Though each performer has their own long long line of merits in this show, Cherine Peck, as the witch, stands out above them all. The witch is a major character – appearing front and centre on the program cover and everything! – and Peck absolutely blows every scene away, even if she’s not the focus. Her voice is beyond powerful, most evidenced in another late-show song “Last Midnight”, where Peck is given the opportunity to shake the rafters with her performance, which she most certainly does.

Others to highlight are Simpson-Deeks as Cinderella’s foppish prince, who flounces about the stage like he owns the place – and well, as future king of the kingdom, he kind of does. Simpson-Deeks also portrays the (uncomfortably) attractive Wolf in the first portion of the show, bringing a jointly powerful and silly physicality to both characters. Lily Baulderstone as Little Red Riding Hood grows from being a naive young girl to a crazy forest warrior, wearing wolf skins and brandishing a knife, but even from the beginning Baulderstone has immense courage as a performer. Her movements are emotional and exaggerated when required, and alternately soft and scared, as a young girl would be in a big dark forest. Of particular note, and perhaps helped by a huge floofy dress – courtesy of costume designer Jodi Hope – the line of Baulderstone’s body as she leans, hops, and tiptoes across the stage immensely elevates her performance and makes her every movement a moment to remember.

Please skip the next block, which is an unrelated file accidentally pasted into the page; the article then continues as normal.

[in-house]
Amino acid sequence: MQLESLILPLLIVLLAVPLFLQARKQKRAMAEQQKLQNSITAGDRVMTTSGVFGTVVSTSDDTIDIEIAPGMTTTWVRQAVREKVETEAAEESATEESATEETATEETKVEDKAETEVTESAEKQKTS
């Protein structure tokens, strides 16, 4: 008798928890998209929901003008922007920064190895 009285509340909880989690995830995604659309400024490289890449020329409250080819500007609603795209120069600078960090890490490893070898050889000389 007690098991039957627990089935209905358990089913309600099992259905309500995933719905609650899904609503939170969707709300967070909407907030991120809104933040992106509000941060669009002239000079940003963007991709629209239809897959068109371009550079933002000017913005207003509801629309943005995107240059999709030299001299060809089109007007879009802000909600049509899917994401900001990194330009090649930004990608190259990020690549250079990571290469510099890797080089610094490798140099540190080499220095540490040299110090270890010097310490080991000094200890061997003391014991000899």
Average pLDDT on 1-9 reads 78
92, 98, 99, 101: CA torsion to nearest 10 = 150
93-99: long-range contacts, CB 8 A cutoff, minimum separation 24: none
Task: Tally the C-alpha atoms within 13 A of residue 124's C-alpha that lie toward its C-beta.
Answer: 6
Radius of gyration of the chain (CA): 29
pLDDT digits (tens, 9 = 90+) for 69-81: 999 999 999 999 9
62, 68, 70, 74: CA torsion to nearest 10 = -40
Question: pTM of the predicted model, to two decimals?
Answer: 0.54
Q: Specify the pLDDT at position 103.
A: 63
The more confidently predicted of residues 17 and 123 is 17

Lastly, this show is a real bastion of diversity. Looking at the 2014 movie version of Into the Woods (the most accessible version for most people to see), the cast are talented, yes, but almost exclusively white Hollywood stars. Watch This has pulled together a spectacular blend of performers, where race or size (or in one case, gender) don’t matter one bit. Raphael Wong performs both as Rapunzel’s Prince and one of Cinderella’s stepsisters – sometimes, most amusingly, as both of them in the one scene – and never once does he give his stepsister performance any less sincerity. A personal moment for me came from seeing Caitlin Spears as Rapunzel – as a larger woman myself it is often rare to see myself on stage, especially in professional performances. Seeing Spears on stage as her beautiful self with her angelic voice made me – and surely many others – feel included in the theatre, like one day maybe we could feel like princesses as well.

Watch This have pulled together a truly spectacular performance of Into the Woods, and I promise I’m not just saying that because I haven’t been to a live show in almost two years. My review tickets were unfortunately delayed due to an illness in the cast, so the show is nearly at its end, and may perhaps be over by the time this review is published, but Watch This are a company to follow. Their next show may be the same level of brilliance or may even go beyond, which is something I am so excited to see. Good luck to them, and good luck to the cast in continuing to live their live show dreams even in these difficult times.

Images: Jodie Hutchinson